Washington, DC has created a spectrum of punitive laws that lead to and exacerbate unsafe work environments for sex workers and contribute to the skyrocketing rates of HIV infection among vulnerable populations in the District.
The Justice Department has dropped its appeal of an injunction prohibiting enforcement of the controversial "prostitution pledge" in US Global AIDS Policy. Advocates hope this signals an intention to fundamentally change the restriction.
The State Department’s new Trafficking in Persons report suggests that the Obama administration will opt for evidence-based responses to trafficking over putting restrictions on women "for their own good."
Forbes India today evaluates Avahan, the $258 million Gates Foundation HIV prevention initiative on the ground in India. And the program doesn’t fare well.
The White House’s appointment of Luis de Baca to be the head of the Trafficking In Persons office suggests that it appreciates the importance of a harm reduction approach to the problem of trafficking.
Harm reduction is a public health philosophy that emphasizes individual safety, regardless of lifestyle choices, over prohibition. How can this approach make sex work safer?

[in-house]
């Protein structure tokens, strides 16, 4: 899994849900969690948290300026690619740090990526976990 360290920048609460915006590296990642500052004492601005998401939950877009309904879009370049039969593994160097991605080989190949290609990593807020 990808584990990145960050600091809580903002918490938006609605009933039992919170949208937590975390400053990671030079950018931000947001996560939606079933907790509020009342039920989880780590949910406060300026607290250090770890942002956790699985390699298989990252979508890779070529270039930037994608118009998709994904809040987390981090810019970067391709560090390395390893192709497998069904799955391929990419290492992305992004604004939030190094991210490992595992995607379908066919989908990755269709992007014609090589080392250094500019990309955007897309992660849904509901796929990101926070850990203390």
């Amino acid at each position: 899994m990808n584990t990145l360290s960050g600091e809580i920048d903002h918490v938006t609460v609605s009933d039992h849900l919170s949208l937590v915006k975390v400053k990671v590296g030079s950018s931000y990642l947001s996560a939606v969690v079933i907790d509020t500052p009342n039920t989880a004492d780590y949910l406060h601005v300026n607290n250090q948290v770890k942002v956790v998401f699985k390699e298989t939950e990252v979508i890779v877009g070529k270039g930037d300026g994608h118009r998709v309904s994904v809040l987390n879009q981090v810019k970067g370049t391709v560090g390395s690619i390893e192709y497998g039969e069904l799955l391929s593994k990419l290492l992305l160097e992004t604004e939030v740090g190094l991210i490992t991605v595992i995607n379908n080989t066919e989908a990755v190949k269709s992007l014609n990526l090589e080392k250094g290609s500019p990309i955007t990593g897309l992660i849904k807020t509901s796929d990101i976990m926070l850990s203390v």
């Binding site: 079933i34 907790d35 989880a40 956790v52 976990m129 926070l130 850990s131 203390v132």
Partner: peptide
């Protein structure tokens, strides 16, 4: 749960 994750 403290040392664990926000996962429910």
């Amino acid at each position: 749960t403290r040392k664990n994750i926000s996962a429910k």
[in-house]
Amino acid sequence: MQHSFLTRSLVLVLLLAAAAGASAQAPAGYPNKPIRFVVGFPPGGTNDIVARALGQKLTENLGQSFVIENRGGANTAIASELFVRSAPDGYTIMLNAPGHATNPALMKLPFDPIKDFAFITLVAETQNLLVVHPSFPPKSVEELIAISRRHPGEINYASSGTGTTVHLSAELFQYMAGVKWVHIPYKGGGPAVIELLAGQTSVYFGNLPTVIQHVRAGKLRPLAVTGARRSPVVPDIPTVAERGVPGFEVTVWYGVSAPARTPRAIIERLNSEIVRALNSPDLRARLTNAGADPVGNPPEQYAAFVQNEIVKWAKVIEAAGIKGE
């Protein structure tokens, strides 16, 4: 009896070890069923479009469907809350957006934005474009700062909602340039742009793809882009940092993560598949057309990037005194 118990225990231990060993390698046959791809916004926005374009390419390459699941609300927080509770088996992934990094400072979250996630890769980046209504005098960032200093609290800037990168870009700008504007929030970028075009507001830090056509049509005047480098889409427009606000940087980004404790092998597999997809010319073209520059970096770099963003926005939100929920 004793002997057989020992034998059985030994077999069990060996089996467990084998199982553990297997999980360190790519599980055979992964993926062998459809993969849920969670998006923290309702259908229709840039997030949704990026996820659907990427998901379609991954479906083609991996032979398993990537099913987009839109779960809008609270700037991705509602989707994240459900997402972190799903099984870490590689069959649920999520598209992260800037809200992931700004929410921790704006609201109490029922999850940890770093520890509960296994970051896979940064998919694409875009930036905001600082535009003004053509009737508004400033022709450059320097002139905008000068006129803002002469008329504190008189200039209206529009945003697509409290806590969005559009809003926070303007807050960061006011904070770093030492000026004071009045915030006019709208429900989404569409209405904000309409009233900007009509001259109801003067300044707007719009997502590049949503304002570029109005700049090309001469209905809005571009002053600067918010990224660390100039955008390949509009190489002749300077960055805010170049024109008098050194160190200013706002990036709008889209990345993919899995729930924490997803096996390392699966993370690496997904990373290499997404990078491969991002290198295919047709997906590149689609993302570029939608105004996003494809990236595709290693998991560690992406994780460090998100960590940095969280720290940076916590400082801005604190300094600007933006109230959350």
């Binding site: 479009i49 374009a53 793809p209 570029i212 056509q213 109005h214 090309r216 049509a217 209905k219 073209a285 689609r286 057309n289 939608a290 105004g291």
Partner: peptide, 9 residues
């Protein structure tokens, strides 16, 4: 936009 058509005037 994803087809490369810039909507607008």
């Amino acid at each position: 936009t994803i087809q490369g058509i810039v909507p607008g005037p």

Sex workers rights advocates have reason to celebrate this International Sex Workers Rights Day. Last week, an amendment that would have further stigmatized sex workers failed in the Indian Cabinet.
Last month at a New Delhi youth festival aimed at raising awareness for sexual health (dubbed Project 19), volunteers led onlookers in a game of female-condom-first-impressions. Combating the idea that safe sex can be unsexy, especially in the case of the female condom, they instead promote it as fun and pleasurable, and in some cases, as an “erotic accessory.”
Secretary of Homeland Security Janet Napolitano and her team are important players in setting a new agenda for fighting human trafficking. But we have reason to be concerned about how they’ll do it.
In rural Nevada, the possible expansion of the brothel industry has sex workers hoping to be given a central role in governing their own industry, rather than being seen as at-risk women who require protection from themselves.